BioAt any given Charlie Hunter show, newcomers are easily spotted. They are the ones looking around the room for the bass player, or maybe the keyboard player, or both! What they soon realize is that all of these sounds are coming from one man and his eight-string guitar.....
"I knew that I wanted to do this with my life from when I was 16", says Hunter about his musical career. His early recognition of this may have been influenced by the fact that he grew up in homes where his mother repaired guitars for a living in Berkeley, California where he has lived since he was eight years old. Charlie picked up his first guitar when he was twelve years old for $7, and a few years later was taking lessons from Joe Satriani, who at that time was just another guitar teacher.
Charlie had his first 7-string guitar (2 bass strings, 5 guitar strings, 2 pickups) made for him in the late eighties, and, after figuring out how to play his custom-made toy, left for Europe to perform on the streets of Paris and Zurich. Upon returning to the states and gigging around South of Market clubs in San Francisco and in Berkeley playing by himself (covering both bass and guitar parts) he hooked up with poet/rapper Michael Franti. They performed together as a duo from time to time until Franti formed the Disposable Heroes of Hiphoprisy and brought Charlie with him. In 1993, Charlie joined them on their tour which included a year's worth of huge stadium gigs opening for U2 along with Primus.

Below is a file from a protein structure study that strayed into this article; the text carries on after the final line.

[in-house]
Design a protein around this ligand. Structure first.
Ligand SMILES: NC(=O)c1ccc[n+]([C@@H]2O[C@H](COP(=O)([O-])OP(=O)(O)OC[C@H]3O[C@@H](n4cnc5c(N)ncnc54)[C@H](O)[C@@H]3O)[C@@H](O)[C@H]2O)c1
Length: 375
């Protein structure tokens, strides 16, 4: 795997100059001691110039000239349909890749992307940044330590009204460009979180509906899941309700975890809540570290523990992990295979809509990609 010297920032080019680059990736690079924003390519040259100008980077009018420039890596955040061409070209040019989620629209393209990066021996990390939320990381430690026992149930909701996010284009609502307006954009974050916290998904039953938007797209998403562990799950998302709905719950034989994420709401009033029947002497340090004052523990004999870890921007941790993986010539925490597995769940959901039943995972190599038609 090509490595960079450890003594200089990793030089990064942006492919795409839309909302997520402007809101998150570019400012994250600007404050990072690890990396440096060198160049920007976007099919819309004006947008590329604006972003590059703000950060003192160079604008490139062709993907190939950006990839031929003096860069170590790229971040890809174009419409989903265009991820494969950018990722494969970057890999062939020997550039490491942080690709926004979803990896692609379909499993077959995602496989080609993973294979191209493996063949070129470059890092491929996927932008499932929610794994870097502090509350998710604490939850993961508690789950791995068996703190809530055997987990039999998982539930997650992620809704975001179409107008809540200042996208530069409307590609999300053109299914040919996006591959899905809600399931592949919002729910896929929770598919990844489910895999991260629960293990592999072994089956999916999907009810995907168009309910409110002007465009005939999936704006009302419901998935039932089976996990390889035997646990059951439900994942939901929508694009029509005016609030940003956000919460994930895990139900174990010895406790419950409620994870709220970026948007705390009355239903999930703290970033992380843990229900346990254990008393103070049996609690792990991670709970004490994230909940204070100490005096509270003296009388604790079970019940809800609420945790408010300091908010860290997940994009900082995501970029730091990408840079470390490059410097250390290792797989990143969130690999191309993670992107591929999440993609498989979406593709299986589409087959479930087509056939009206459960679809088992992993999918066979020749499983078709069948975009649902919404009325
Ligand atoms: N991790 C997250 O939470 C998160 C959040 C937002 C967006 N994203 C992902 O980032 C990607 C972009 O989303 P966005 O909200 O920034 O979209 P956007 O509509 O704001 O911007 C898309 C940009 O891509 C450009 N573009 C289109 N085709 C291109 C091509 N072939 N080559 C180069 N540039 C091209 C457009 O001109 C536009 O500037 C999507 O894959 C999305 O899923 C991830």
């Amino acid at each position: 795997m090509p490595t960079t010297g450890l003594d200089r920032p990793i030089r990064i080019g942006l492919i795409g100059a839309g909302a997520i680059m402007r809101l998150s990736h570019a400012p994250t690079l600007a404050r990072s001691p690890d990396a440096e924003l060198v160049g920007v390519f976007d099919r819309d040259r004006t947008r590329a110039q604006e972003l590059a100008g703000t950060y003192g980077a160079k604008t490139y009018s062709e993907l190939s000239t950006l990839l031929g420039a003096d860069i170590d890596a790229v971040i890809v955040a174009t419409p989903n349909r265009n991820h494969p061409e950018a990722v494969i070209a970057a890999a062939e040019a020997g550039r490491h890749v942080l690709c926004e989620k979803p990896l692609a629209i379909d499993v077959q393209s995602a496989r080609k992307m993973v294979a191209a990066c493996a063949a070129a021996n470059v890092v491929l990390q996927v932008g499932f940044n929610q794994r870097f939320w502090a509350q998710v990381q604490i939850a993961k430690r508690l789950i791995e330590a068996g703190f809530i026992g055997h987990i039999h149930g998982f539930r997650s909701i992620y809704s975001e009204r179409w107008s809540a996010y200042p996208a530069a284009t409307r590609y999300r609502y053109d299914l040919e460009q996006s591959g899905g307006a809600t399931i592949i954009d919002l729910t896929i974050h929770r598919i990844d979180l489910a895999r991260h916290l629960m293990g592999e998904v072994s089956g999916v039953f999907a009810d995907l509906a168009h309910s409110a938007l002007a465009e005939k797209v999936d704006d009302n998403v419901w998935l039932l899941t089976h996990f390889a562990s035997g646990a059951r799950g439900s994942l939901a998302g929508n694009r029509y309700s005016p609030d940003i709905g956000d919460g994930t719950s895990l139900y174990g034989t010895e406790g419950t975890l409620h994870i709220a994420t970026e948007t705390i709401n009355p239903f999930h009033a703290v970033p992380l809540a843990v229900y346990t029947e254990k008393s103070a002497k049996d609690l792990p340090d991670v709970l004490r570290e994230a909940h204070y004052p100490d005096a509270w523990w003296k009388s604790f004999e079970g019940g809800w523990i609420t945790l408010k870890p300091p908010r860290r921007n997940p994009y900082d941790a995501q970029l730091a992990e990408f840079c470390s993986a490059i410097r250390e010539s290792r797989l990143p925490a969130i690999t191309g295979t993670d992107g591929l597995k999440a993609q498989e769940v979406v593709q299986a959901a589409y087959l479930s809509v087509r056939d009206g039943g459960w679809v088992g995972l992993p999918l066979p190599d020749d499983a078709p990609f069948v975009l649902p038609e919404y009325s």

In 1993, Charlie left the Disposable Heroes and went in search of more jazz-oriented music. He hasn't looked back since, becoming the leading purveyor of jazz to a younger audience, along with The Greyboy Allstars and Medeski, Martin, and Wood.
It is a mission for Hunter to spread his music, but it is also a mission for him to turn others onto music of the past who might not be exposed to it anywhere else. "For some kids, this is their first exposure to jazz. They see how cool the music is and become intrigued enough to want to check out records by Thelonious Monk, Charles Mingus, and Rahsaan Roland Kirk. If our mission succeeds, hopefully we'll have helped to turn a generation of people onto a much more spiritually and soulfully executed music than what gets played on MTV," says an optimistic Hunter. "It's culturally the duty of the younger generation to help the music evolve. We wouldn't be doing our jobs if we didn't."